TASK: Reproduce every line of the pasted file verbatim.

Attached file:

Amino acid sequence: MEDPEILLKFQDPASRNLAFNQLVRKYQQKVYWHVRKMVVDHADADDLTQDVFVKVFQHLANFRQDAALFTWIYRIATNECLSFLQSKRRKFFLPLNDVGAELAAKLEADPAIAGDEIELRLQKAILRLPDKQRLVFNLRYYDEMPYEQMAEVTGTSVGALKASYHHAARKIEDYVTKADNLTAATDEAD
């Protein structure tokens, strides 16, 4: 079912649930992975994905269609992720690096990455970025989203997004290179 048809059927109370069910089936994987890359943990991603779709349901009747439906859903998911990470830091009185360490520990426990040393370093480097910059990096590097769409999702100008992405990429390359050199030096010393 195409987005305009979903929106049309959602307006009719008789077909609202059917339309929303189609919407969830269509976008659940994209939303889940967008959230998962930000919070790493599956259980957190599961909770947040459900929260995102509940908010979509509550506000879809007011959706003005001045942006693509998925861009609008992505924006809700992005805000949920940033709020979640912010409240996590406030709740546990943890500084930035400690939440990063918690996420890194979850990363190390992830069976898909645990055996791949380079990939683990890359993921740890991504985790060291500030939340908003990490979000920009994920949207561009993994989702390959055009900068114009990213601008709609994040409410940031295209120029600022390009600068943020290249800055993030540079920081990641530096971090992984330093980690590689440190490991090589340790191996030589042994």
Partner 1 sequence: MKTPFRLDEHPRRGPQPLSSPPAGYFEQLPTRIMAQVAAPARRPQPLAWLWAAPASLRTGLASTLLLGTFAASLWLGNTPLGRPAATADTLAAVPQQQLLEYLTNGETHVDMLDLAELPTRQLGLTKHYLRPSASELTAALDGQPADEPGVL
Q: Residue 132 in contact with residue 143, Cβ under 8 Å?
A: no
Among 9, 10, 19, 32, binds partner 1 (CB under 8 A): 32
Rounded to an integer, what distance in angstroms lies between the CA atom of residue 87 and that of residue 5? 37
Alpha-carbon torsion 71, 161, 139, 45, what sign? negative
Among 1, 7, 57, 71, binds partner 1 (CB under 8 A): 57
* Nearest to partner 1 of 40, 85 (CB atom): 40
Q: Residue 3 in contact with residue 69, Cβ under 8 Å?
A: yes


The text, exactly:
Amino acid sequence: MEDPEILLKFQDPASRNLAFNQLVRKYQQKVYWHVRKMVVDHADADDLTQDVFVKVFQHLANFRQDAALFTWIYRIATNECLSFLQSKRRKFFLPLNDVGAELAAKLEADPAIAGDEIELRLQKAILRLPDKQRLVFNLRYYDEMPYEQMAEVTGTSVGALKASYHHAARKIEDYVTKADNLTAATDEAD
């Protein structure tokens, strides 16, 4: 079912649930992975994905269609992720690096990455970025989203997004290179 048809059927109370069910089936994987890359943990991603779709349901009747439906859903998911990470830091009185360490520990426990040393370093480097910059990096590097769409999702100008992405990429390359050199030096010393 195409987005305009979903929106049309959602307006009719008789077909609202059917339309929303189609919407969830269509976008659940994209939303889940967008959230998962930000919070790493599956259980957190599961909770947040459900929260995102509940908010979509509550506000879809007011959706003005001045942006693509998925861009609008992505924006809700992005805000949920940033709020979640912010409240996590406030709740546990943890500084930035400690939440990063918690996420890194979850990363190390992830069976898909645990055996791949380079990939683990890359993921740890991504985790060291500030939340908003990490979000920009994920949207561009993994989702390959055009900068114009990213601008709609994040409410940031295209120029600022390009600068943020290249800055993030540079920081990641530096971090992984330093980690590689440190490991090589340790191996030589042994």
Partner 1 sequence: MKTPFRLDEHPRRGPQPLSSPPAGYFEQLPTRIMAQVAAPARRPQPLAWLWAAPASLRTGLASTLLLGTFAASLWLGNTPLGRPAATADTLAAVPQQQLLEYLTNGETHVDMLDLAELPTRQLGLTKHYLRPSASELTAALDGQPADEPGVL
Q: Residue 132 in contact with residue 143, Cβ under 8 Å?
A: no
Among 9, 10, 19, 32, binds partner 1 (CB under 8 A): 32
Rounded to an integer, what distance in angstroms lies between the CA atom of residue 87 and that of residue 5? 37
Alpha-carbon torsion 71, 161, 139, 45, what sign? negative
Among 1, 7, 57, 71, binds partner 1 (CB under 8 A): 57
* Nearest to partner 1 of 40, 85 (CB atom): 40
Q: Residue 3 in contact with residue 69, Cβ under 8 Å?
A: yes